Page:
If you choose to hire us, we provide full service to you with no attorney fee until you win retroactive benefits. Here is how we are paid for our work on your case:
Social Security Disability Claims - Administrative Level
We are paid a one - time 25% Contingency Fee for the work we do for you. The fee is paid only from retroactive benefits from Social Security, and only if we recover retroactive benefits for you. You pay no fee if we don't secure benefits for you.
Examples: If your retroactive benefits are $4,000, our fee is $1,000.
If your retroactive benefits are $12,000, our fee is $3,000.
The attorney fee must be approved by Social Security, before we get paid. If we win your case at any administrative level through the first Administrative Law Judge (ALJ) decision after the date of our agreement, the attorney fee can be no more than the dollar amount established pursuant to 42 U.S.C. § 406(a)(2)(A), which is: $6,000 effective June 22, 2009. Read: Our Sample Fee Agreement.
- All telephone consultations and in person meetings with you, and interviews with your family members, physicians, health care providers, and other people who can provide information, evidence and testimony to help your case.
- Legal, medical and vocational research to properly prepare all the forms we need to submit to Social Security.
- Preparation of the forms that tell your story to Social Security.
- Preparation of special written requests for information that allow your physicians and health care providers to answer the important questions that Social Security is asking.
- Updates to you on the status of your case.
- Meetings with the Social Security personnel dealing with your case.
- Representation at an ALJ hearing (Step 3) if necessary.
The contingency fee does not cover costs, such as medical examinations and delivery charges. For more information on what we do for you, click on the reasons to choose us. Call (413) 567-5600 for a free case evaluation.
Social Security Disability Claims Appealed to Federal Court:
Only a licensed attorney can represent you if your case requires work in Federal Court. If the Social Security Administration has denied your claim without substantial justification, the Federal Government will be required to pay for the legal work we do to win your case in Federal Court:. The Equal Access to Justice Act (EAJA) authorizes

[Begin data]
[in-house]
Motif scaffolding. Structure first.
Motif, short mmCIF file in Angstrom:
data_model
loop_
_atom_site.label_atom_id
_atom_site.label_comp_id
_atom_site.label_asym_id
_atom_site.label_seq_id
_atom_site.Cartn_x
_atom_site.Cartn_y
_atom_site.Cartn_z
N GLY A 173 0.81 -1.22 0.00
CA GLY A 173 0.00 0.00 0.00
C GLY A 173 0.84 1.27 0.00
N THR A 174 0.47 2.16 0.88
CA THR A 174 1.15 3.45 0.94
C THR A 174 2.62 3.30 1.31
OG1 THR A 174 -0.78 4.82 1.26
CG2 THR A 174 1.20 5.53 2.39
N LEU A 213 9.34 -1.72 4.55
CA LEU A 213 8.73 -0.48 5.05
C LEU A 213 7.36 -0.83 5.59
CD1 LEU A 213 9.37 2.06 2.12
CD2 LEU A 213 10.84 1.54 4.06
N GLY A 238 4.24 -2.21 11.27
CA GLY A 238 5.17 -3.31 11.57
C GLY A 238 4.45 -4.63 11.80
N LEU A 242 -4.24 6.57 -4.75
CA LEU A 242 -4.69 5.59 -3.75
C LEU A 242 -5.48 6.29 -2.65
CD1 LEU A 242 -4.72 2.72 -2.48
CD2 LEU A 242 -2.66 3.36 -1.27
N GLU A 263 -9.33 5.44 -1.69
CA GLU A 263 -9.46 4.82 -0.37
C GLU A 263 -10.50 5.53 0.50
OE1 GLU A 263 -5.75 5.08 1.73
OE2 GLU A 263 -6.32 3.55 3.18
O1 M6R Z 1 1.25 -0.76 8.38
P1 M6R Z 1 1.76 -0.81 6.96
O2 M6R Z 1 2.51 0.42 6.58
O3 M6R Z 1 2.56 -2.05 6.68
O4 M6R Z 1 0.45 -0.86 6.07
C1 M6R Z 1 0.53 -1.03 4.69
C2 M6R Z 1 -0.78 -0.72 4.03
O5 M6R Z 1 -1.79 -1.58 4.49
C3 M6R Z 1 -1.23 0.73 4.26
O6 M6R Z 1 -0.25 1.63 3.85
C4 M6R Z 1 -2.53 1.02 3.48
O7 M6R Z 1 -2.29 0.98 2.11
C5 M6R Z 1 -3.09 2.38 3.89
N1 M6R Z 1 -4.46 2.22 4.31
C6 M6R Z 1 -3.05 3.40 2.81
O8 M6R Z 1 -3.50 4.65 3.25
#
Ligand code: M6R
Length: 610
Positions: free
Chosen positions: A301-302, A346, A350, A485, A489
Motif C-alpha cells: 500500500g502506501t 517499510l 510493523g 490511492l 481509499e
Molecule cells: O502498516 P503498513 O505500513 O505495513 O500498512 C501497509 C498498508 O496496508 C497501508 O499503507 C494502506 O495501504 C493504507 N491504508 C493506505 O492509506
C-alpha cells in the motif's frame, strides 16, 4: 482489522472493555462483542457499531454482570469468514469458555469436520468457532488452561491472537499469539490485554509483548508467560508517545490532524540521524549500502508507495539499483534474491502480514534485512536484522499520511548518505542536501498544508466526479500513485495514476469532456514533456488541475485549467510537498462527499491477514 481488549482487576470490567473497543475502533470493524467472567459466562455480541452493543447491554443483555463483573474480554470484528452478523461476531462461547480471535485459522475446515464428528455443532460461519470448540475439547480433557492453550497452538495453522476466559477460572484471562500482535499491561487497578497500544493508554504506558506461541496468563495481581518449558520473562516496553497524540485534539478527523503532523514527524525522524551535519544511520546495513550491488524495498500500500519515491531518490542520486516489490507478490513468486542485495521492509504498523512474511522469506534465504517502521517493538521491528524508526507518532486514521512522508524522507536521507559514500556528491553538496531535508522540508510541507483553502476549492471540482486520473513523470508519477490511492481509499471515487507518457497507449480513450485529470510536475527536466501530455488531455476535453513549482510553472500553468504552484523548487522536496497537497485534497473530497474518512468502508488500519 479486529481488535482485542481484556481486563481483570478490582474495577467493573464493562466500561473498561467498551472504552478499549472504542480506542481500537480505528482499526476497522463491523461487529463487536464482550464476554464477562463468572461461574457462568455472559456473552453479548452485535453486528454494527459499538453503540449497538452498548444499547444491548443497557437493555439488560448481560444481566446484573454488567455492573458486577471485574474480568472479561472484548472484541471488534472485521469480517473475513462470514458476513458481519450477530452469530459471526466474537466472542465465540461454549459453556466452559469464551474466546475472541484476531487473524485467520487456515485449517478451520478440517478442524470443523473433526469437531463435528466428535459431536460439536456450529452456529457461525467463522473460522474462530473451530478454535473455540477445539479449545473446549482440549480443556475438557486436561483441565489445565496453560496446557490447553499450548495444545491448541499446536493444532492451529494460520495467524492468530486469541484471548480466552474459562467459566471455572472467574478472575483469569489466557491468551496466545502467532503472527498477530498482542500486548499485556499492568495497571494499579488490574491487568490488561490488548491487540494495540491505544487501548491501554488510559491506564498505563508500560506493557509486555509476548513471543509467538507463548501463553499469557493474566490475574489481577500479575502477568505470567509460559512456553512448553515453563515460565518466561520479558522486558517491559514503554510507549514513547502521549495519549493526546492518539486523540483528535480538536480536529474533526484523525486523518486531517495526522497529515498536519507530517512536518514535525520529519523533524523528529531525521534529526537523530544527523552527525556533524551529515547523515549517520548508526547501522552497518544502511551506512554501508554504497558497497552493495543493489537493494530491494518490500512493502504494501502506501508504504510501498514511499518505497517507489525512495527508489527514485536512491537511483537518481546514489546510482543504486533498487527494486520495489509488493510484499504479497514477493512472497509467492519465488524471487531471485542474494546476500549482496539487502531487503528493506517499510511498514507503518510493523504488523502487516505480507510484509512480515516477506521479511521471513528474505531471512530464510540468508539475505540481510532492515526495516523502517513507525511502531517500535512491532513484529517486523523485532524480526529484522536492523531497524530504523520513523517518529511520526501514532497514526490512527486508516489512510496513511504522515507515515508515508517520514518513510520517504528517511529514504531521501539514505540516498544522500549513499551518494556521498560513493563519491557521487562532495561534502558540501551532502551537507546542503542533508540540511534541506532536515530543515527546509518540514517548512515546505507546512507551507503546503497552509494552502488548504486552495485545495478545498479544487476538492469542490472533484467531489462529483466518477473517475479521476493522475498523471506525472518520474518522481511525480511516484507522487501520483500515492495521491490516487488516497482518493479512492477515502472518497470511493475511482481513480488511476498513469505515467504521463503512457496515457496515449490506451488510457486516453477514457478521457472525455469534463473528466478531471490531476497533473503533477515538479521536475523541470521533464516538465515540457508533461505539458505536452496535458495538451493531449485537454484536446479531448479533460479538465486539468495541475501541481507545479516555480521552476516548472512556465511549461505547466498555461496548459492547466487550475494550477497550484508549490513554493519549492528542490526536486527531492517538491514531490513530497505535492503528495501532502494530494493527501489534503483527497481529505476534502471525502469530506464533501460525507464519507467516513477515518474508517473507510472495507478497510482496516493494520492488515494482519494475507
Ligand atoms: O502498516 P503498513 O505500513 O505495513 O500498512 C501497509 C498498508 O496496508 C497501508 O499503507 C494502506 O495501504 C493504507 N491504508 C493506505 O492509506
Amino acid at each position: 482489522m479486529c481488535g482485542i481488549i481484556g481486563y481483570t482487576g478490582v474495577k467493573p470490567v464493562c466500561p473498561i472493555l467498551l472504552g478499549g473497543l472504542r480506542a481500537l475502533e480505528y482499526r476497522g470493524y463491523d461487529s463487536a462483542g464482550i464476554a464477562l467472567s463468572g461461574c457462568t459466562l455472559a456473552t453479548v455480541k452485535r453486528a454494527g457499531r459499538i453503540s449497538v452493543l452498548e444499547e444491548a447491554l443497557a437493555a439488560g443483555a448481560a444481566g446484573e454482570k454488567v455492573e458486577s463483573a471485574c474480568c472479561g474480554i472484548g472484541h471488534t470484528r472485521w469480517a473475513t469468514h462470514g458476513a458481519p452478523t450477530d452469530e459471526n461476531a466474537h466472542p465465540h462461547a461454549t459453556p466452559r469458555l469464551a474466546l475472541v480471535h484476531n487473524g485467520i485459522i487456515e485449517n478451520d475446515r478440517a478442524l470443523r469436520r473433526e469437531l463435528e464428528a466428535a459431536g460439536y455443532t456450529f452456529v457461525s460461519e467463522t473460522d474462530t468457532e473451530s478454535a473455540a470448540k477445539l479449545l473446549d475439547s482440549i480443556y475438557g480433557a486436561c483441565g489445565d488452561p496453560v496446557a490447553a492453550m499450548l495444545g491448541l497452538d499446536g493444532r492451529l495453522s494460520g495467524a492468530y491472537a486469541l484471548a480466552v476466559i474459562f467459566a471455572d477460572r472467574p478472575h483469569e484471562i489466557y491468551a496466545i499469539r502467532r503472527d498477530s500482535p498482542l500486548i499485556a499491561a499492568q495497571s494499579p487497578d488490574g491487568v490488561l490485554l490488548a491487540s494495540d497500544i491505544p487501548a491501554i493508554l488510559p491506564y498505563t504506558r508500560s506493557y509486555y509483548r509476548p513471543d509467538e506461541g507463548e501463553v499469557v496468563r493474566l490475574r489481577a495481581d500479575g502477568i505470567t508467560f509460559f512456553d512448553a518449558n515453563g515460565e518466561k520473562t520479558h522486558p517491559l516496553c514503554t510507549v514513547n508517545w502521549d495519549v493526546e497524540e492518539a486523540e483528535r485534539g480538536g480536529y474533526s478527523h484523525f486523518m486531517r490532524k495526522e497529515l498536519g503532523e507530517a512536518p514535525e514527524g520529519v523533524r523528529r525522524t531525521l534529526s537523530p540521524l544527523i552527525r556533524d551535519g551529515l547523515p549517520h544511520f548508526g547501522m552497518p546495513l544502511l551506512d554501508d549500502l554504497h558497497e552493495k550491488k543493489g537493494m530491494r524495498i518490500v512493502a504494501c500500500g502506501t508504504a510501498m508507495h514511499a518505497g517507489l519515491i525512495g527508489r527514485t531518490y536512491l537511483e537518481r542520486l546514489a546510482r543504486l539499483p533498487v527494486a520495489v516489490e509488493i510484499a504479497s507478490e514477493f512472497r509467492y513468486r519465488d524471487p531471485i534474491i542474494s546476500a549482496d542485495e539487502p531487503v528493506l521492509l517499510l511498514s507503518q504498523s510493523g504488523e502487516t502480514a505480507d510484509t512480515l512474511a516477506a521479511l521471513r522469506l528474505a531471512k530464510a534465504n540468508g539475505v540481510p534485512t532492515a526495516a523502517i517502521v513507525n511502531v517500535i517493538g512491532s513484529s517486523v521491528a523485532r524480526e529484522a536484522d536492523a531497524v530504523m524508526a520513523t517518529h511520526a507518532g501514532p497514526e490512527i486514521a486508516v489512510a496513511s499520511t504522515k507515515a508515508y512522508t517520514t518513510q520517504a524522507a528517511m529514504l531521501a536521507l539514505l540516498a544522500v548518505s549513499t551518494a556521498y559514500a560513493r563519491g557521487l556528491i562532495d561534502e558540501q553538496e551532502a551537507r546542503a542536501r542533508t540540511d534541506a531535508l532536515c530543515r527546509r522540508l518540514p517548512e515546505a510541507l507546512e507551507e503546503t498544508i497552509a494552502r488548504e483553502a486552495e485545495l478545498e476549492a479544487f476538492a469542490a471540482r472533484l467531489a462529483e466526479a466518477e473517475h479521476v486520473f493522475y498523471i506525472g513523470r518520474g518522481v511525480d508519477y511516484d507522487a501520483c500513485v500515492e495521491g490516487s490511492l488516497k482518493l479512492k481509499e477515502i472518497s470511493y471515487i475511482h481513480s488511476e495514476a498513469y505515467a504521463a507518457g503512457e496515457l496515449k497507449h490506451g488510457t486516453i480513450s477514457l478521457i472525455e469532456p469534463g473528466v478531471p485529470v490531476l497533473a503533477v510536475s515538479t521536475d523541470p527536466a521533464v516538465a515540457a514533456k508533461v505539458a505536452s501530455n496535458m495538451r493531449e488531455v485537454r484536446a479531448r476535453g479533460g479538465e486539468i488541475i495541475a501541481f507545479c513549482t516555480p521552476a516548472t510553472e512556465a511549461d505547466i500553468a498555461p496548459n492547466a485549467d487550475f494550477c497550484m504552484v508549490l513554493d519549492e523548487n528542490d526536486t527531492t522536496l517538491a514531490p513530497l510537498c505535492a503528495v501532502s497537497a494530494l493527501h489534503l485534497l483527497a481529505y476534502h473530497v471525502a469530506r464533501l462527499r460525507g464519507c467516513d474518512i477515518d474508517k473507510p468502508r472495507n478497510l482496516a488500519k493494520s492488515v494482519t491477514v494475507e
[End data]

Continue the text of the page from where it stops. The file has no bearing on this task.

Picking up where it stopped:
- an attorney to obtain reimbursement of expenses incurred (legal fees,expert witness fees, etc.) when representing a litigant in a court action and certain administrative proceedings involving a government agency;
- stipulates that reimbursement of legal fees and other expenses applies only with respect to proceedings in which the party prevails against the Social Security Administration, and
- only if the court finds that the position of the government was not substantially justified;
EAJA provides the Social Security Administration with an incentive not to take unreasonable positions in Federal Court, because if they do, they may be compelled to pay attorney fees and expenses. When an attorney receives fees for the same work under both section 206(b) of the Social Security Act and EAJA, the attorney must refund to the claimant the amount of the smaller fee. [5 U.S.C. 504, 28 U.S.C. 2412].
The other way that attorneys can be paid for work in Federal Court is with a contingency fee agreement, just like the agreement for work at the administrative level. Section 206(b) of the Social Security Act authorizes a Federal court that makes a favorable Title II decision to award reasonable attorney fees for services in proceedings before the Federal Court. The attorney must obtain authorization of the fee from the court that made the favorable judgment. The attorney’s fee may not exceed 25% of the claimant's Title II past-due benefits. This fee is in addition to the fee, if any, the Social Security Administration authorizes for proceedings at the administrative level.
If a court awards a fee under Section 206(b), SSA will certify direct payment of up to 25% percent of the Title II past-due benefits.
Federal Court review of your case is not necessary if we win your case at the administrative level.
To Get Us Started on your case, Please Review these Forms:
SSA Form 3288 - Consent to Release Information. This form allows us to look at your disability case file.
SSA Form 1696 - Appointment of Representative Form
Our Sample Fee Agreement
Medical Records Release Form - This allows us to ask your doctors for the information we need to win your case.